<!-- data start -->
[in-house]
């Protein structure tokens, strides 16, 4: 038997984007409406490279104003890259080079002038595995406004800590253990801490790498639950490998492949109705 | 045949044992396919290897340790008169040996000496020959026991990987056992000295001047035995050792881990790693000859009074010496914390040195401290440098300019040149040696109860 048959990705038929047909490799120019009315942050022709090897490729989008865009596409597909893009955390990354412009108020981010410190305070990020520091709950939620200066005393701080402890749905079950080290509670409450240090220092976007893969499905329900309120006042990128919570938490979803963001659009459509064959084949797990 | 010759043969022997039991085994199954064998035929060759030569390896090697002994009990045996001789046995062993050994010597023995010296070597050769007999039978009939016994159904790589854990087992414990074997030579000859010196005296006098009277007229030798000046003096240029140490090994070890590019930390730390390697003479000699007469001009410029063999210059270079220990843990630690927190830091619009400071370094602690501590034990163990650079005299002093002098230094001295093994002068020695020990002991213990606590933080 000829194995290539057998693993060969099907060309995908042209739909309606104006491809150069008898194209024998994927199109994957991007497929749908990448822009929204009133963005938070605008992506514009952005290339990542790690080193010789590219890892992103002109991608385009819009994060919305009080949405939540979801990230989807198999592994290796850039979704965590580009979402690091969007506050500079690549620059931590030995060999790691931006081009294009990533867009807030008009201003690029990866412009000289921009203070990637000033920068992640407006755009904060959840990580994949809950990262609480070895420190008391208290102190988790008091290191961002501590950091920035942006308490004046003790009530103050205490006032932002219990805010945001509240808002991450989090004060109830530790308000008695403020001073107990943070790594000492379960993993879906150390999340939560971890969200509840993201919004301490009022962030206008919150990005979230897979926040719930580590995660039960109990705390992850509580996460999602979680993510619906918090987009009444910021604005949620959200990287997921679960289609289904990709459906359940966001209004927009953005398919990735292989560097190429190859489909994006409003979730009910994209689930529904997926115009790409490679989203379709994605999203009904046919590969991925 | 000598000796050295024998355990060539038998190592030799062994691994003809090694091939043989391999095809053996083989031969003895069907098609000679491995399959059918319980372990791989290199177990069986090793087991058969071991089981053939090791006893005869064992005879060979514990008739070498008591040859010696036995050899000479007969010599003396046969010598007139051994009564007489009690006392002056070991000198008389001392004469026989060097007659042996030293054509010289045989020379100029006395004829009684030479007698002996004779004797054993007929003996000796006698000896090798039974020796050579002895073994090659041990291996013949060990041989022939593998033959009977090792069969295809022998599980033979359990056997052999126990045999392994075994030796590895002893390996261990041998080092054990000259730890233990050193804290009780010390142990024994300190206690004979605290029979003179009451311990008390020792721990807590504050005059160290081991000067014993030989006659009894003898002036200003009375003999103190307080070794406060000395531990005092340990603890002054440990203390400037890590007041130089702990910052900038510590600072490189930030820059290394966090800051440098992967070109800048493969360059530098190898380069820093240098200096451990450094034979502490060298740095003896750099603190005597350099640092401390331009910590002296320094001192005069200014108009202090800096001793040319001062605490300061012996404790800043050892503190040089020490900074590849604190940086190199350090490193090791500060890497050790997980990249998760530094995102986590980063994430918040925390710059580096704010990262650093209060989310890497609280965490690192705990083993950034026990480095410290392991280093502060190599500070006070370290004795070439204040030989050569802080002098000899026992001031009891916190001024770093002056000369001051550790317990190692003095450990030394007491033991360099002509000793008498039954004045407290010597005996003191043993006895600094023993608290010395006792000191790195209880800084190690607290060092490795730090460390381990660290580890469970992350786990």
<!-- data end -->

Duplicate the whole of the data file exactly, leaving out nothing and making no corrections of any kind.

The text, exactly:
[in-house]
């Protein structure tokens, strides 16, 4: 038997984007409406490279104003890259080079002038595995406004800590253990801490790498639950490998492949109705 | 045949044992396919290897340790008169040996000496020959026991990987056992000295001047035995050792881990790693000859009074010496914390040195401290440098300019040149040696109860 048959990705038929047909490799120019009315942050022709090897490729989008865009596409597909893009955390990354412009108020981010410190305070990020520091709950939620200066005393701080402890749905079950080290509670409450240090220092976007893969499905329900309120006042990128919570938490979803963001659009459509064959084949797990 | 010759043969022997039991085994199954064998035929060759030569390896090697002994009990045996001789046995062993050994010597023995010296070597050769007999039978009939016994159904790589854990087992414990074997030579000859010196005296006098009277007229030798000046003096240029140490090994070890590019930390730390390697003479000699007469001009410029063999210059270079220990843990630690927190830091619009400071370094602690501590034990163990650079005299002093002098230094001295093994002068020695020990002991213990606590933080 000829194995290539057998693993060969099907060309995908042209739909309606104006491809150069008898194209024998994927199109994957991007497929749908990448822009929204009133963005938070605008992506514009952005290339990542790690080193010789590219890892992103002109991608385009819009994060919305009080949405939540979801990230989807198999592994290796850039979704965590580009979402690091969007506050500079690549620059931590030995060999790691931006081009294009990533867009807030008009201003690029990866412009000289921009203070990637000033920068992640407006755009904060959840990580994949809950990262609480070895420190008391208290102190988790008091290191961002501590950091920035942006308490004046003790009530103050205490006032932002219990805010945001509240808002991450989090004060109830530790308000008695403020001073107990943070790594000492379960993993879906150390999340939560971890969200509840993201919004301490009022962030206008919150990005979230897979926040719930580590995660039960109990705390992850509580996460999602979680993510619906918090987009009444910021604005949620959200990287997921679960289609289904990709459906359940966001209004927009953005398919990735292989560097190429190859489909994006409003979730009910994209689930529904997926115009790409490679989203379709994605999203009904046919590969991925 | 000598000796050295024998355990060539038998190592030799062994691994003809090694091939043989391999095809053996083989031969003895069907098609000679491995399959059918319980372990791989290199177990069986090793087991058969071991089981053939090791006893005869064992005879060979514990008739070498008591040859010696036995050899000479007969010599003396046969010598007139051994009564007489009690006392002056070991000198008389001392004469026989060097007659042996030293054509010289045989020379100029006395004829009684030479007698002996004779004797054993007929003996000796006698000896090798039974020796050579002895073994090659041990291996013949060990041989022939593998033959009977090792069969295809022998599980033979359990056997052999126990045999392994075994030796590895002893390996261990041998080092054990000259730890233990050193804290009780010390142990024994300190206690004979605290029979003179009451311990008390020792721990807590504050005059160290081991000067014993030989006659009894003898002036200003009375003999103190307080070794406060000395531990005092340990603890002054440990203390400037890590007041130089702990910052900038510590600072490189930030820059290394966090800051440098992967070109800048493969360059530098190898380069820093240098200096451990450094034979502490060298740095003896750099603190005597350099640092401390331009910590002296320094001192005069200014108009202090800096001793040319001062605490300061012996404790800043050892503190040089020490900074590849604190940086190199350090490193090791500060890497050790997980990249998760530094995102986590980063994430918040925390710059580096704010990262650093209060989310890497609280965490690192705990083993950034026990480095410290392991280093502060190599500070006070370290004795070439204040030989050569802080002098000899026992001031009891916190001024770093002056000369001051550790317990190692003095450990030394007491033991360099002509000793008498039954004045407290010597005996003191043993006895600094023993608290010395006792000191790195209880800084190690607290060092490795730090460390381990660290580890469970992350786990």